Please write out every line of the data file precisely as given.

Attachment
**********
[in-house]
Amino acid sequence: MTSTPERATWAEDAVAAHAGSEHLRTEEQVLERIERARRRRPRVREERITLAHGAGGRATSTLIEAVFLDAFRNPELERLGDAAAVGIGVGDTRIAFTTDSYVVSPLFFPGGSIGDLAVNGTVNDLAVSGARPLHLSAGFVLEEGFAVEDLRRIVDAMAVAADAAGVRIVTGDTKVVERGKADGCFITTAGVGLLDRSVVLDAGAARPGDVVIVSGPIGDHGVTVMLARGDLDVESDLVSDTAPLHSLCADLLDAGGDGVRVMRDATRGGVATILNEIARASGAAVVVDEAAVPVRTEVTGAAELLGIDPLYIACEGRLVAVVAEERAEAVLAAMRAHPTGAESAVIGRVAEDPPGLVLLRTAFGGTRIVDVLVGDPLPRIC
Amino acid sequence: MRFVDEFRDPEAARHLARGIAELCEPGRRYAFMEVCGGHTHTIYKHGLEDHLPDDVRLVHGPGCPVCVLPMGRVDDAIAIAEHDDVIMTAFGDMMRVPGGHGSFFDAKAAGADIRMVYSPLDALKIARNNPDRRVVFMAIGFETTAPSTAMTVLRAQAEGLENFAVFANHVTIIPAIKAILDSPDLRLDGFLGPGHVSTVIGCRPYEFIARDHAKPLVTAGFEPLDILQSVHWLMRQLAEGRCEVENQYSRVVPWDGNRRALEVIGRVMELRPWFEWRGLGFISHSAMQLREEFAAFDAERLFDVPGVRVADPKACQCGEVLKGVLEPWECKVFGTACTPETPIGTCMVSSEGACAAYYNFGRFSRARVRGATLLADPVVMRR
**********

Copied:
[in-house]
Amino acid sequence: MTSTPERATWAEDAVAAHAGSEHLRTEEQVLERIERARRRRPRVREERITLAHGAGGRATSTLIEAVFLDAFRNPELERLGDAAAVGIGVGDTRIAFTTDSYVVSPLFFPGGSIGDLAVNGTVNDLAVSGARPLHLSAGFVLEEGFAVEDLRRIVDAMAVAADAAGVRIVTGDTKVVERGKADGCFITTAGVGLLDRSVVLDAGAARPGDVVIVSGPIGDHGVTVMLARGDLDVESDLVSDTAPLHSLCADLLDAGGDGVRVMRDATRGGVATILNEIARASGAAVVVDEAAVPVRTEVTGAAELLGIDPLYIACEGRLVAVVAEERAEAVLAAMRAHPTGAESAVIGRVAEDPPGLVLLRTAFGGTRIVDVLVGDPLPRIC
Amino acid sequence: MRFVDEFRDPEAARHLARGIAELCEPGRRYAFMEVCGGHTHTIYKHGLEDHLPDDVRLVHGPGCPVCVLPMGRVDDAIAIAEHDDVIMTAFGDMMRVPGGHGSFFDAKAAGADIRMVYSPLDALKIARNNPDRRVVFMAIGFETTAPSTAMTVLRAQAEGLENFAVFANHVTIIPAIKAILDSPDLRLDGFLGPGHVSTVIGCRPYEFIARDHAKPLVTAGFEPLDILQSVHWLMRQLAEGRCEVENQYSRVVPWDGNRRALEVIGRVMELRPWFEWRGLGFISHSAMQLREEFAAFDAERLFDVPGVRVADPKACQCGEVLKGVLEPWECKVFGTACTPETPIGTCMVSSEGACAAYYNFGRFSRARVRGATLLADPVVMRR